The usual starting point is Chamonix, a picture-perfect mountain ski town in eastern France. It’s like the European version of Jackson Hole, except even more vibrant and beautiful. As the home of the first ever Olympic games in 1924, this is indeed the original outdoor town. There are plenty of places to resupply along the TMB, but Chamonix is the largest town on the trail, so we made sure to buy all of our gear and maps before setting out.

To get to Chamonix, we flew into Geneva and used a rideshare from the airport into the mountains. And, because we were on a tight budget, we spent the night before our trek at one of Chamonix’s many large campgrounds on the outskirts of town. The local bus system is cheap and easy to use, so getting around was no issue.

From Chamonix, most hikers complete the TMB counter-clockwise, walking to Italy and then Switzerland, and closing the loop back in France. We were told by a local that the first seven kilometers between Chamonix and Les Houches were “not very interesting,” so, like many others, we skipped it and took a bus. Thru-hiking purists may scoff, but our group had no qualms about omitting this bit.

No matter how you divide up the mileage, almost every day on the TMB features one significant climb and descent. The ascent out of Les Houches to Col de Voza is small in comparison to others on the tour but felt enormous as our first day on the trail. This section involves a lot of small roads and residential areas, but still has plenty of mountain views. And little did we know that they would only get better from here.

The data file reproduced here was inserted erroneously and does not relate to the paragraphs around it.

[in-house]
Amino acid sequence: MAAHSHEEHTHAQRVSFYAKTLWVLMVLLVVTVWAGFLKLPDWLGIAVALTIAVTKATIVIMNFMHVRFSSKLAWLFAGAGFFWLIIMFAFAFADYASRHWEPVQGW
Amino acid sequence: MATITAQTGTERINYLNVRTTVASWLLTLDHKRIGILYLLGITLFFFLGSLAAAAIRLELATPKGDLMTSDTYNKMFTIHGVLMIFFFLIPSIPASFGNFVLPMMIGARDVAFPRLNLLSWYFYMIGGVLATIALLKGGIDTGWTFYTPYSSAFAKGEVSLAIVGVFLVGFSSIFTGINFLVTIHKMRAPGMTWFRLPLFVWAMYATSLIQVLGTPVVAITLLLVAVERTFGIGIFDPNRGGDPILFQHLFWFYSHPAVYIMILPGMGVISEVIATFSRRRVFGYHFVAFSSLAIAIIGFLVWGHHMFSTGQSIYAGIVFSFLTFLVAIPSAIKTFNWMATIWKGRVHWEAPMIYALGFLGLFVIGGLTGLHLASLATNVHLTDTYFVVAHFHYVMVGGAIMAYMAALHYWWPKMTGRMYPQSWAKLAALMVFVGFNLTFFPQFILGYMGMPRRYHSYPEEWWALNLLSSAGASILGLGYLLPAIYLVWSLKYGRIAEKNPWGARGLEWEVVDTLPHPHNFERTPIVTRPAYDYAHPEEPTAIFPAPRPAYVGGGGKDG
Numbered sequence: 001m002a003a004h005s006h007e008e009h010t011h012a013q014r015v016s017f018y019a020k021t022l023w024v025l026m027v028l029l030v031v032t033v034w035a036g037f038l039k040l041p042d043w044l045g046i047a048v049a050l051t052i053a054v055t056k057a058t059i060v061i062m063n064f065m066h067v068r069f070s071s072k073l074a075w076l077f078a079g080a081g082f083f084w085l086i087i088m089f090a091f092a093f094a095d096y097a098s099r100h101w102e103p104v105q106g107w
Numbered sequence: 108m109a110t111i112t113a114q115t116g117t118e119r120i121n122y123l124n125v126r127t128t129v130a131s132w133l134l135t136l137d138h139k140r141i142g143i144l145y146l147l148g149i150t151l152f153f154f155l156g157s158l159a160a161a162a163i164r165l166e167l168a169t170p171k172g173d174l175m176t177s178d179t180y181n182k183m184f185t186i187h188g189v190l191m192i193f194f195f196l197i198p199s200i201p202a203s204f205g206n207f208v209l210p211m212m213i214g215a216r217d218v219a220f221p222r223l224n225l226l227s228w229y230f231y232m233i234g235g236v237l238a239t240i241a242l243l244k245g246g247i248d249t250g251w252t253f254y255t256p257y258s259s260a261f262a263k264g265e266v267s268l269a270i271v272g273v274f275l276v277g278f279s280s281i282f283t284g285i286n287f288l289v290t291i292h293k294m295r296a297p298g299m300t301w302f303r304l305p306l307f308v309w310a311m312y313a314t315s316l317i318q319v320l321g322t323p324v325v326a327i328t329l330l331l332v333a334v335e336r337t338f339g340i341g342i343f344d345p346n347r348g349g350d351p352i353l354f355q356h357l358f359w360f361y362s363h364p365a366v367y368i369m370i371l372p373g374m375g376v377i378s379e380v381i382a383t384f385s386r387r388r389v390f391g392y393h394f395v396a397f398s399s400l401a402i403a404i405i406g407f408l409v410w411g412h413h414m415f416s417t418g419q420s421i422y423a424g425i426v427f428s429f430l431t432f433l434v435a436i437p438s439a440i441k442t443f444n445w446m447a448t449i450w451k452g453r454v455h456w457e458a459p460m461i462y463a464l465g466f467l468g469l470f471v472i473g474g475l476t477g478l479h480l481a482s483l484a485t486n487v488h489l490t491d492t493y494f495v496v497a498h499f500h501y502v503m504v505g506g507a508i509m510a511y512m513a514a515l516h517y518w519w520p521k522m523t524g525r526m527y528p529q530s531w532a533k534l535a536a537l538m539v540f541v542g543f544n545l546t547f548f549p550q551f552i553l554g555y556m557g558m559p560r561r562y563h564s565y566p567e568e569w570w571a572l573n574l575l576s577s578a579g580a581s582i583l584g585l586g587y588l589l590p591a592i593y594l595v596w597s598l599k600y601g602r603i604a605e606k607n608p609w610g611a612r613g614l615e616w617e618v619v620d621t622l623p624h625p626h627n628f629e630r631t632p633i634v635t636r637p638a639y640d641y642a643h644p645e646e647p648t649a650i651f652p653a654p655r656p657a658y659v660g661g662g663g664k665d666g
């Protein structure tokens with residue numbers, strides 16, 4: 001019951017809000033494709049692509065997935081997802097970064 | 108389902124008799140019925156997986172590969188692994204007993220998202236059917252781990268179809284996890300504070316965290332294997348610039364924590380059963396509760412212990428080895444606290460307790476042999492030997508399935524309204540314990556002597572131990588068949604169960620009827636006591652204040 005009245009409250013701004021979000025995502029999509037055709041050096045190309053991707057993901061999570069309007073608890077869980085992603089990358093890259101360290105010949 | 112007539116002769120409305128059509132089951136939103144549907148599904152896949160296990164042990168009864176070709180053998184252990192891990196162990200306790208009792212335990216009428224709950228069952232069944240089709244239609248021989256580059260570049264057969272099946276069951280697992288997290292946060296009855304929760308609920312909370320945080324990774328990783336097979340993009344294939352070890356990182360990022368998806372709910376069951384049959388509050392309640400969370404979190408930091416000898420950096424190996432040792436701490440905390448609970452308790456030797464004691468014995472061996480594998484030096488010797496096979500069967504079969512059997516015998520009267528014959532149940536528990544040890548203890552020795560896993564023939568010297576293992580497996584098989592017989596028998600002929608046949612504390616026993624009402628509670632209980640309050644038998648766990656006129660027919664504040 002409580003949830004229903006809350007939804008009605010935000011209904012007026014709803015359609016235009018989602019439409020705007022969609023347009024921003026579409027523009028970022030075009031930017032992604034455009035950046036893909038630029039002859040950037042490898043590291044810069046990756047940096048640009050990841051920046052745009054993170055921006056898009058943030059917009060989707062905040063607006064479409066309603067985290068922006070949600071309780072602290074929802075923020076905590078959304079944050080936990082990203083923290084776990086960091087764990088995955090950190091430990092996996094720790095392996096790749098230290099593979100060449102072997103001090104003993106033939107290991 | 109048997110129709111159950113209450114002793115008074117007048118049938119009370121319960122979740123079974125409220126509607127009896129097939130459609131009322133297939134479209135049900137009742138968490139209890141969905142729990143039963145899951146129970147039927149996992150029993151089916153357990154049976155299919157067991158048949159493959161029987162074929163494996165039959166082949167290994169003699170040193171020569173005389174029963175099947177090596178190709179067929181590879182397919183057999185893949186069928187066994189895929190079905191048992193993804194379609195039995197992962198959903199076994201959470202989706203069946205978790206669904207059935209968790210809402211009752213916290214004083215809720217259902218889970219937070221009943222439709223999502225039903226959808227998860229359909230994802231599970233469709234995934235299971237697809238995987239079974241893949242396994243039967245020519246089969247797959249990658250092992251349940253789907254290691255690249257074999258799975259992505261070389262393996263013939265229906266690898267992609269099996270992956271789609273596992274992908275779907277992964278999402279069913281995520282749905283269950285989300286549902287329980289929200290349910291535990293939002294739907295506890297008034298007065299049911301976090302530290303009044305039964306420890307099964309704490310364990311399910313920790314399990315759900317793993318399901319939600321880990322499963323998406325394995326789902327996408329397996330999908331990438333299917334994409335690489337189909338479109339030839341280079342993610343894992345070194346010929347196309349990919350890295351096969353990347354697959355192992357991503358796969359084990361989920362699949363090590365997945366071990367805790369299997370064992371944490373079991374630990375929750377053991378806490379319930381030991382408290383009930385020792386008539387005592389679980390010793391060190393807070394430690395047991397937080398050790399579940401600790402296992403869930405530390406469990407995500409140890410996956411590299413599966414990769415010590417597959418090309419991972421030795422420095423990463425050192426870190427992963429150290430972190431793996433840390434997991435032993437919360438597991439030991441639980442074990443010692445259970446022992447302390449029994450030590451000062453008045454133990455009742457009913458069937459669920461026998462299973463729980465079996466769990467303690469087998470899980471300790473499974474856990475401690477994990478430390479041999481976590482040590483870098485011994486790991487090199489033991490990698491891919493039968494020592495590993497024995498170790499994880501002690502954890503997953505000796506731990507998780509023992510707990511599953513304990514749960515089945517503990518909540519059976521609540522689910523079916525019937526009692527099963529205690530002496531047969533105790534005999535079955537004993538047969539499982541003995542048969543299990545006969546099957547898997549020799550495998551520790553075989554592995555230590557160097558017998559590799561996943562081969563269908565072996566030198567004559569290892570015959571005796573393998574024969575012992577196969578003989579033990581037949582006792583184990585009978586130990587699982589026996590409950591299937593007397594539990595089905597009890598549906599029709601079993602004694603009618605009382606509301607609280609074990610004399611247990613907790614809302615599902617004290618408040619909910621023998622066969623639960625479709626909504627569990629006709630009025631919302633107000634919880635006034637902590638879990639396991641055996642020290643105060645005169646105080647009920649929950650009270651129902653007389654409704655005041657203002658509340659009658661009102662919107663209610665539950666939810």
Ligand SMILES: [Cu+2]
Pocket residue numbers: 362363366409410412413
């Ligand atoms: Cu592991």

On our second morning, we tackled the 5,000-foot ascent to Croix du Bonhomme, one of the longest, most taxing climbs on the trail. I’m an experienced backpacker, but months of traveling hadn’t done much for my muscle tone, and this climb was a real doozy.

After lots of huffing and puffing and hiker traffic jams, the reward was one of the most breathtaking and photo-worthy views on the entire route (and of my life), plus a rustic mountain refuge serving hot food and refreshments. The descent was steep but blessedly short, and we spilled into Les Chapieux for a well-deserved night’s rest.

Expect lots of climbing on this hike, with more than 32,000 feet in elevation gain on the full route.
Arnaud Fraioli